Regardless of why you are looking for a new job, you must never comment negatively about a prior employer during a job interview. It doesn’t matter if you had the world’s worst boss in your last role. Your current interviewer doesn’t know the whole story, and hearing a candidate bad mouth their former company, team or manager raises red flags. If you’re guilty of this, the best course of action is to find a new reason to give your interviewer for why you’re seeking a new job. Otherwise, your interviewer may see you as disloyal or worry that you might struggle to work well with others on the team.

Don’t dwell on the rejection

Taking the time for self-reflection after an interview rejection enables you to turn your rejection into a learning experience. Not all people are the right fit for all roles. When figuring out how to deal with job rejection, it’s best to learn what you can improve on and move forward confidently. Don’t dwell on job rejection without taking the time to ask yourself these questions. The job market is highly competitive– don’t let a few rejections disrupt faith in yourself.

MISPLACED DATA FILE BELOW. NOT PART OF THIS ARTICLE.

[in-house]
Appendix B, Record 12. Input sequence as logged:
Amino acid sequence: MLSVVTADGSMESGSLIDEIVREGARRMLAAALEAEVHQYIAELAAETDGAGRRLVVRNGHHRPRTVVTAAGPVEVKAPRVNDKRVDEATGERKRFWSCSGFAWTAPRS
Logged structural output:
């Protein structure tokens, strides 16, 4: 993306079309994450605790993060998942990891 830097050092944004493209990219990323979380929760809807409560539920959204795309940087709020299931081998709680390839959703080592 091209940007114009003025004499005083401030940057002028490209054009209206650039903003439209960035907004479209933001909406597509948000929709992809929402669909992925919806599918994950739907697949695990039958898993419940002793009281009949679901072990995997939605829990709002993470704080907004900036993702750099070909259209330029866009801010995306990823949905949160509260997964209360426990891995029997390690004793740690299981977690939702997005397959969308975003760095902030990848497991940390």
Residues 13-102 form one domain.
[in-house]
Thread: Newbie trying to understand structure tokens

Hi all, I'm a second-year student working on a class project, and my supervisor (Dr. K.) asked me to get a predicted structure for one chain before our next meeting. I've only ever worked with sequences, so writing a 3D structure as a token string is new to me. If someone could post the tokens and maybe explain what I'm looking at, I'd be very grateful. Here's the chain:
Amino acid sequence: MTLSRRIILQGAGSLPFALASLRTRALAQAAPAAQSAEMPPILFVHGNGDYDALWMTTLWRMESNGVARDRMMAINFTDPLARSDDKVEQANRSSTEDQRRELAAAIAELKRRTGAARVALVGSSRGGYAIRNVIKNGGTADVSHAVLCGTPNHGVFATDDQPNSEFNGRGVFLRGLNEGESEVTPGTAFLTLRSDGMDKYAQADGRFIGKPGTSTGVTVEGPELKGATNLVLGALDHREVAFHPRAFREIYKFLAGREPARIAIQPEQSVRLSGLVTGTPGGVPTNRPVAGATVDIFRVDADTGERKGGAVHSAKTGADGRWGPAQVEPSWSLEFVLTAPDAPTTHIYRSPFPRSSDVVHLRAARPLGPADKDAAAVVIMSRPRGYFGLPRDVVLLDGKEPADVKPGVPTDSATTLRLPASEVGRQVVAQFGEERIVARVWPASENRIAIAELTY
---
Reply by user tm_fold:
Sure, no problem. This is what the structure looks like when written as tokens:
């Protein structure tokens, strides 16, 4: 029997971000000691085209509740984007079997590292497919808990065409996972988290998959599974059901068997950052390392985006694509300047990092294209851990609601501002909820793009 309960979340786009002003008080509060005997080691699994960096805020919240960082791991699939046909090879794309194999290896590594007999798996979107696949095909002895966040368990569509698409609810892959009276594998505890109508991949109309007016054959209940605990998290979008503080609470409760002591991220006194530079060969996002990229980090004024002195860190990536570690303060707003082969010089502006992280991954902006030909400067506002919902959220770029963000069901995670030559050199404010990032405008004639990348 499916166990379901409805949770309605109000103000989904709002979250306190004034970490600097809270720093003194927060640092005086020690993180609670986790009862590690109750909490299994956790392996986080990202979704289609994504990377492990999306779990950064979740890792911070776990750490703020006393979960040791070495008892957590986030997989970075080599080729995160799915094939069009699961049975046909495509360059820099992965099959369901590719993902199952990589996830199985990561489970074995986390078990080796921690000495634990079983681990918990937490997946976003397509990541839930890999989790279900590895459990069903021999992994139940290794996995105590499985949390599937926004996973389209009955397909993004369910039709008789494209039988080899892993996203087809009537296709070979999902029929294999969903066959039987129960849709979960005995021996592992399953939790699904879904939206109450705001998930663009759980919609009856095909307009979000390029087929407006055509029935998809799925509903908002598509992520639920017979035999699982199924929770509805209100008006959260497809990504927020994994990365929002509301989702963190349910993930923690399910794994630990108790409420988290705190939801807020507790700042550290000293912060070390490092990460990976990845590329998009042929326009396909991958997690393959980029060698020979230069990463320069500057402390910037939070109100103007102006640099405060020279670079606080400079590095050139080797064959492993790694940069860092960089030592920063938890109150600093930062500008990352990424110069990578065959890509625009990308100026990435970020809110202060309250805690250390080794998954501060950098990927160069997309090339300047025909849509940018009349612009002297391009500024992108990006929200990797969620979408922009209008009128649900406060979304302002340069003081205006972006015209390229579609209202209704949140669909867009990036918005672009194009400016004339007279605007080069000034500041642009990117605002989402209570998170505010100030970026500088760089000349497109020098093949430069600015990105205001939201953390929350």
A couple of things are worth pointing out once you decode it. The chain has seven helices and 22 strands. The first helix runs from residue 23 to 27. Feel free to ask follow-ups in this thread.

If you are still looking for a job, consider partnering with a staffing agency. Whitman Associates proudly offers expert guidance, insights, and full service to talented job seekers like you in the D.C. area. We take the time to understand our candidates’ needs, ensuring high-quality matches. Instead of navigating how to deal with job rejection alone, email your resume to

WAI Staff

Whitman Associates is a professional staffing agency serving businesses and job seekers in the Washington, D.C. area. Since 1972, we’ve been dedicated to matching highly qualified candidates with a wide variety of temporary, temp-to-hire and permanent positions. We prioritize the needs of both our clients and candidates to ensure successful, lasting relationships.